Despite spending millions on fixing its drainage system, Nepalgunj inundated by sewage
July 10, 2019 07:51 AM NPT
By: Arjun Oli
A house in Nepalgunj Metropolitan City is seen inundated by flood in this recent picture. Photo: Arjun Oli/Republica
NEPALGUNJ, July 10: Several wards of the Nepalgunj Sub-metropolitan City have been inundated because of its dysfunctional sewerage system and heavy rainfall in the recent days.
Floods mixed with the sewage from the drain pipes have filled main areas of the sub-metropolis like Dhambojhi, Besalpur, New Road, Ganeshpur, Koreanpur, Sadarline, among others. At some places, the filthy water flooded human settlements almost knee deep on Tuesday. The stink from this has made it unbearable for the residents.
“The whole town is in a filthy mess. All you can see and feel around is filthy water and stench,” said a local of the sub-metropolis Gagan Thapa. “It has happened due to the poorly-constructed drainage system.”
A sewer that passes through Newraod to Bageshwori to Sadarline built by the sub-metro with the support of the Asian Development Bank (ADB) two years ago has caught the attention of locals. Thapa said that the sewage system built by investing millions of rupees has been ineffective. “What is the purpose of investing so much money to build a sewage system that does not work? Because it is dysfunctional, our settlement is waterlogged with sewage,” he said.
Locals accuse the concerned authorities of building the sewage system without following even the basics of engineering.
“The drainage system does not seem to be properly engineered. It goes through so many bends that it is not able to carry the drain the sewage,” said another local Shankar Thakuri. “As the sewer is not able to pass through, the sewage has entered human settlements.”
Though residents are having a hard time dealing with the filth, the sub-metropolis has not taken any concrete steps to open the blocked sewage, locals accused.
“Roads are flooded with the filth. It’s not possible to detect if there are any open utility holes. What will happen if children or elderlies fall into them? Who will take responsibility if anything wrong happens?” Thakuri fumed. “We expected that the sub-metropolis would respond to the situation immediately and solve the problem, but they don’t care.”
Locals around Rani Talau Mahendra School Raod, Mahendra Park area, Gharbari Tole, Ganeshpur, Bhirkutinagar and Bankegaun also reported that they were also dealing with such crisis and that the sub-metropolis has not responded to their call for assistance. Not only roads but the filthy water have inundated many homes as well.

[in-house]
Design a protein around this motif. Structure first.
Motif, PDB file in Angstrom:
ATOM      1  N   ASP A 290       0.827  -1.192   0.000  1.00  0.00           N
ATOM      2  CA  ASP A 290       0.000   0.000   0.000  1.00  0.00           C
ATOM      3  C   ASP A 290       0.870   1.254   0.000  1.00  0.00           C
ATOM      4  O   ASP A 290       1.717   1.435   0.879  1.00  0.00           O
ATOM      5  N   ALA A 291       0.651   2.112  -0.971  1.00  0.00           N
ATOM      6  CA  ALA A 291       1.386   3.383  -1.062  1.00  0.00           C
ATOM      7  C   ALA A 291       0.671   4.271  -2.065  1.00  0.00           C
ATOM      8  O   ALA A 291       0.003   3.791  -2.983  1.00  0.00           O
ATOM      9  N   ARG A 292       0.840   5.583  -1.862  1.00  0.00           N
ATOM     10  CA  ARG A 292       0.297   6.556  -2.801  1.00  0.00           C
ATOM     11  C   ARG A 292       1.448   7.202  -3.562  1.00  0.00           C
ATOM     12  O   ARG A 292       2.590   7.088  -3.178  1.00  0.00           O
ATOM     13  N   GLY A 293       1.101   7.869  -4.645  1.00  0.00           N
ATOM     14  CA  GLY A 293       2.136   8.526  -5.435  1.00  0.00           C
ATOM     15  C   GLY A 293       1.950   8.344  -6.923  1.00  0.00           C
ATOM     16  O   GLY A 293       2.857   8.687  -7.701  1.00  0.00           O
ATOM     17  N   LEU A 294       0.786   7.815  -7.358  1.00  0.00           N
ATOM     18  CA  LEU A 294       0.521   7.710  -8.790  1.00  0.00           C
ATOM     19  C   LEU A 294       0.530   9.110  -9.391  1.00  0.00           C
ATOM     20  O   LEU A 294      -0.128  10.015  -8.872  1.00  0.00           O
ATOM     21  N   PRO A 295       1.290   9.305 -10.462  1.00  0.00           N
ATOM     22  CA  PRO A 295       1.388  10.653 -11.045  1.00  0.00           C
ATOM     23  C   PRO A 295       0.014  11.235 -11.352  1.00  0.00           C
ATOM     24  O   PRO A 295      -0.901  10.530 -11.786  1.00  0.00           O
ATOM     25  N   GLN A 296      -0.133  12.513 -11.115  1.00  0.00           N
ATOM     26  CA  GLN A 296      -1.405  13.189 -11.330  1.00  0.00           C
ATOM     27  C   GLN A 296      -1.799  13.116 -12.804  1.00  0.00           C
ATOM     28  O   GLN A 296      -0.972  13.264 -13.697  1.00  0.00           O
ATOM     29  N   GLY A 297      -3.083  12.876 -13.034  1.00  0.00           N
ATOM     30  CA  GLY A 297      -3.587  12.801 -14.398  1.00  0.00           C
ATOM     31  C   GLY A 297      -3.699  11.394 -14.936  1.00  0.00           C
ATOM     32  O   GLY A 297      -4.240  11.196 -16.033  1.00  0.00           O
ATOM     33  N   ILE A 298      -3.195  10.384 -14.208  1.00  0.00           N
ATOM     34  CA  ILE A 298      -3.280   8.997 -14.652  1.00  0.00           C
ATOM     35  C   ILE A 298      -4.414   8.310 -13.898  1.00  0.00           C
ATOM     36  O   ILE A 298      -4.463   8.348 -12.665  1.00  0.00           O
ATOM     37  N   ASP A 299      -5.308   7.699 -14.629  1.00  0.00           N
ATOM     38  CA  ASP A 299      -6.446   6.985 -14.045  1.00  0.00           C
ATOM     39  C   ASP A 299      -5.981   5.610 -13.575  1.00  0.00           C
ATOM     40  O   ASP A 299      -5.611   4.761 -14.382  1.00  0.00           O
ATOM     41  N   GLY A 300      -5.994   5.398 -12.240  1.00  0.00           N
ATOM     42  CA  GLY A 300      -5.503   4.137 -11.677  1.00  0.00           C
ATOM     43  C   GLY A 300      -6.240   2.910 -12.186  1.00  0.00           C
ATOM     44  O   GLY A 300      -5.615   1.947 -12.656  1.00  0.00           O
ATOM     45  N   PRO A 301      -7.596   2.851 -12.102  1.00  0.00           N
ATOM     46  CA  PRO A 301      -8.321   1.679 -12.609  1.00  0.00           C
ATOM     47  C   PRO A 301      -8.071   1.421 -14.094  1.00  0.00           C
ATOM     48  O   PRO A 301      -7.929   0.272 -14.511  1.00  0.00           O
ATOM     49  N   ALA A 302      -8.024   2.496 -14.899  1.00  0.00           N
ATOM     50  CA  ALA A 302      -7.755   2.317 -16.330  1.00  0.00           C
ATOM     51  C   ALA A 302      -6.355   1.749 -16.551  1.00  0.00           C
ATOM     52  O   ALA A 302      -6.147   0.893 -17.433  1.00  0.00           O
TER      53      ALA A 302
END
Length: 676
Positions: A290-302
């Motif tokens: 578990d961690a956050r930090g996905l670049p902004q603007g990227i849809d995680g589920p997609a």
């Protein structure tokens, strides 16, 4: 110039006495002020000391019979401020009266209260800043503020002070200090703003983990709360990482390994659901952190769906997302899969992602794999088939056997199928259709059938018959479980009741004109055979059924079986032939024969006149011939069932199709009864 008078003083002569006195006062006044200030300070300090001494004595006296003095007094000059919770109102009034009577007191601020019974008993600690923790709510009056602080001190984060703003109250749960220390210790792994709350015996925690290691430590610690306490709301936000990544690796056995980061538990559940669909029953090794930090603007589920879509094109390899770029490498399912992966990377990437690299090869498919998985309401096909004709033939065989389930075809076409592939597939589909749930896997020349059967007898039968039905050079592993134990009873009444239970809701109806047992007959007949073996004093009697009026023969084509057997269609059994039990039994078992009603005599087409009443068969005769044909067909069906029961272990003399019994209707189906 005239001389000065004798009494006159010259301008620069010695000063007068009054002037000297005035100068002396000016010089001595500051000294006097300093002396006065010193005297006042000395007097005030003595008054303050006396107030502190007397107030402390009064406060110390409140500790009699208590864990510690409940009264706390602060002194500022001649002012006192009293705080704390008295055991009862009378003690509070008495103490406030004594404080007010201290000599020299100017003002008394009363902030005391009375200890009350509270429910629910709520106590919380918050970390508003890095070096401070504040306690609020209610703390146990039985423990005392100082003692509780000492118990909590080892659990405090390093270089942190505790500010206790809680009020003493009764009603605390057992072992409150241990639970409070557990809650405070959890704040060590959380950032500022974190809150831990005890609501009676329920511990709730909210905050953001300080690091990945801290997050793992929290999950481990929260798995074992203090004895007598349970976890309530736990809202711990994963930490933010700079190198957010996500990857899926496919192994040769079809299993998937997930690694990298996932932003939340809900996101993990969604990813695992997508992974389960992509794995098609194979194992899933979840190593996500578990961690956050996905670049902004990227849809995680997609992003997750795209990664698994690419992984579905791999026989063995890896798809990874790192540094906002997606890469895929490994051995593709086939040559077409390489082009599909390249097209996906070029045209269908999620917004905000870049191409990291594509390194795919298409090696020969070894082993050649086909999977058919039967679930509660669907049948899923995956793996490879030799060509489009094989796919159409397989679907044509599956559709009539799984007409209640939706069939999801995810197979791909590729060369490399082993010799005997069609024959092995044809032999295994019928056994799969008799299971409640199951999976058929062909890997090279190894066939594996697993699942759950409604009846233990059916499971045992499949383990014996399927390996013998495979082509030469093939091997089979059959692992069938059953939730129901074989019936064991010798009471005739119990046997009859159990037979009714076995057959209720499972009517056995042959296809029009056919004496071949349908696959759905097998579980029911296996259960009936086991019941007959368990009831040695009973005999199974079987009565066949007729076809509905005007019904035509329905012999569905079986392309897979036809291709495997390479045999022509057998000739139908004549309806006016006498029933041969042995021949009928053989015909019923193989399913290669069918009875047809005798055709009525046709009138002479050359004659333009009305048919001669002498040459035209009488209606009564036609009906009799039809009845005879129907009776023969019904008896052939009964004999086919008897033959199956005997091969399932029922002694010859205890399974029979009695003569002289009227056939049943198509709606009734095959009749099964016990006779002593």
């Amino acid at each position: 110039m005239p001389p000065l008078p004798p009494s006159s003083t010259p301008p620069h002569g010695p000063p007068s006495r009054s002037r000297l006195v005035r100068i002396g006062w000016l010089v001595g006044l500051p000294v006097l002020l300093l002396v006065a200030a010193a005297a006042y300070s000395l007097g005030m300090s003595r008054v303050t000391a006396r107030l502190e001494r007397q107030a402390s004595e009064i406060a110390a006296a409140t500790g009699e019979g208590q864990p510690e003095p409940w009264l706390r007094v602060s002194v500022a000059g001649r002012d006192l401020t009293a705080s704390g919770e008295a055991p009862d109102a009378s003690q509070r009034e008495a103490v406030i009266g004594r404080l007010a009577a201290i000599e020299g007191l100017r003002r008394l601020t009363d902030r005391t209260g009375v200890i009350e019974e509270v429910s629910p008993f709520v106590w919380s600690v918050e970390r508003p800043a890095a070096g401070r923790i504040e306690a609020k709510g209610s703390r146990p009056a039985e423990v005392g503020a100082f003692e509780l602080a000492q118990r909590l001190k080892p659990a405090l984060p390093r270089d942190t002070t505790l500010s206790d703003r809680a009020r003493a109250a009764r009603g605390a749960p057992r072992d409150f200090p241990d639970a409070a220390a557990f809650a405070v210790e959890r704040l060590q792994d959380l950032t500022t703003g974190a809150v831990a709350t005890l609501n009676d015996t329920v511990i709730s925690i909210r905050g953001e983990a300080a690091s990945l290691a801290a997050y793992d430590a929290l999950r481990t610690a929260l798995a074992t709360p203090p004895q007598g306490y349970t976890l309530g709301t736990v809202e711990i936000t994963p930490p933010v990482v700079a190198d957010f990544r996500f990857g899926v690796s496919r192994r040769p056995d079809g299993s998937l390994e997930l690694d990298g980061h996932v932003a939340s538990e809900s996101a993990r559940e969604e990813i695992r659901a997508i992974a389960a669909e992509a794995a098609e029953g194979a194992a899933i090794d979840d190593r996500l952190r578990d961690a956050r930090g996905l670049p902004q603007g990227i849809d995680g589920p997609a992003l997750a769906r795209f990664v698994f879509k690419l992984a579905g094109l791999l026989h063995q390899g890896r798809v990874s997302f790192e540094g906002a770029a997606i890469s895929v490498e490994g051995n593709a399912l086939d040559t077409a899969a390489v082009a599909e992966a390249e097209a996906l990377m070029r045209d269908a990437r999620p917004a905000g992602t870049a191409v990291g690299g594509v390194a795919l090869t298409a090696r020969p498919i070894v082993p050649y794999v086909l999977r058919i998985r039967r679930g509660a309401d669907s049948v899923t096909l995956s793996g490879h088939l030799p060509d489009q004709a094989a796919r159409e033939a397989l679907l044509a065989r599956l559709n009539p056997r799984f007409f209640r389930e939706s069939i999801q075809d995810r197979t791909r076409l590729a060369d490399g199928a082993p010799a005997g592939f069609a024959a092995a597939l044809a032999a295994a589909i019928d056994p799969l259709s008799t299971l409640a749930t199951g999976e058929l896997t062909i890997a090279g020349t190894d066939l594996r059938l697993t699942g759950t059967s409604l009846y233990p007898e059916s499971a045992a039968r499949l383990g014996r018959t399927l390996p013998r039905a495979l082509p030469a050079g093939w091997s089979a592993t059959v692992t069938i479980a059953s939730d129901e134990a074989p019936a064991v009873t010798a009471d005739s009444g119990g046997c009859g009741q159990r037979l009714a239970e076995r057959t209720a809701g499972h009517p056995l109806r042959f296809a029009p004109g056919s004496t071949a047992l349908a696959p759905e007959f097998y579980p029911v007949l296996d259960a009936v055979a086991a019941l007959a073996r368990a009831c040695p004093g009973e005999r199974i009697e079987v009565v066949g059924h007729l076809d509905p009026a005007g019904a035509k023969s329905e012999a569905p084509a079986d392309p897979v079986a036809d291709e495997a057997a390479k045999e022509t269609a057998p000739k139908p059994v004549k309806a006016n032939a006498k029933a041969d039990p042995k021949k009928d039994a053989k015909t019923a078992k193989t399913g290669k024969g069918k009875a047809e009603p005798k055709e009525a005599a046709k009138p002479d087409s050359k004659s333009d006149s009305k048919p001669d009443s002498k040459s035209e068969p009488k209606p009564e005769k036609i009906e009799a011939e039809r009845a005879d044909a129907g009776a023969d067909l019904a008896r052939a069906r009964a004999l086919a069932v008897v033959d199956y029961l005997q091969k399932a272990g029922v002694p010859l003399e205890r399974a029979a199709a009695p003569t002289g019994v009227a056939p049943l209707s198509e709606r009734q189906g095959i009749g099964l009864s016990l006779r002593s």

However, Mayor of the city, Dr Dhawal Shumsher Rana, asserted that the floods will clear out soon.
“Unlike in the past, water does not remain in the settlements or roads for long. There are passages to drain it out,” Rana claimed. He said that it is natural for the rainwater to take some time to drain.
A local journalist, Hemanta Karmachayra, has written on his Facebook wall about the scenario. “At a glance, it looks like the ADB’s road and drainage have changed the face of Nepalgunj. But stay for an hour around, and you will be dejected. You will see the movement of people coming to a halt due to inundation,” he writes.
For around a decade, the government has worked on implementing integrated urban development project in the sub-metro with financial support from ADB. Some years earlier, the government also implemented the Regional Urban Development Project in the sub-metro in partnership with ADB. However, locals claim despite massive investments into the city’s drainage system they are yet to get relief from the flooding.
As per the government data, around five billion rupees have already been invested jointly in both of these projects.
“Millions and billions of rupees have been spent in the name of improving the city’s drainage, sewer, and garbage management. But if you look at the results, they are very dismal,” said a central member of FNCCI, Krishna Prasad Shrestha. “People are forced to live in filth. When it rains, the whole city is inundated with filth and sewer.”
Though the sub-metro is implementing multiple projects related to cleanliness and sanitation and are expected to run till August of 2020, people are not hopeful that they will deliver tangible results. “When they have not been able to address simple things despite spending so much time and money, how can you hope that they will get it right in the days ahead?” questioned Thakuri.
Apart from the ‘poorly built drainage system’, locals claim that encroachment of roads and drainage has been adding to the woes. They said that infrastructures built around roads and drain should be immediately removed.
According to Shrestha, just finishing the budget in the name of development does not bring real progress. “It has to be very sensible and sustainable. If needed, the authority must be able to take strong action, or else things are not going to improve,” he maintained.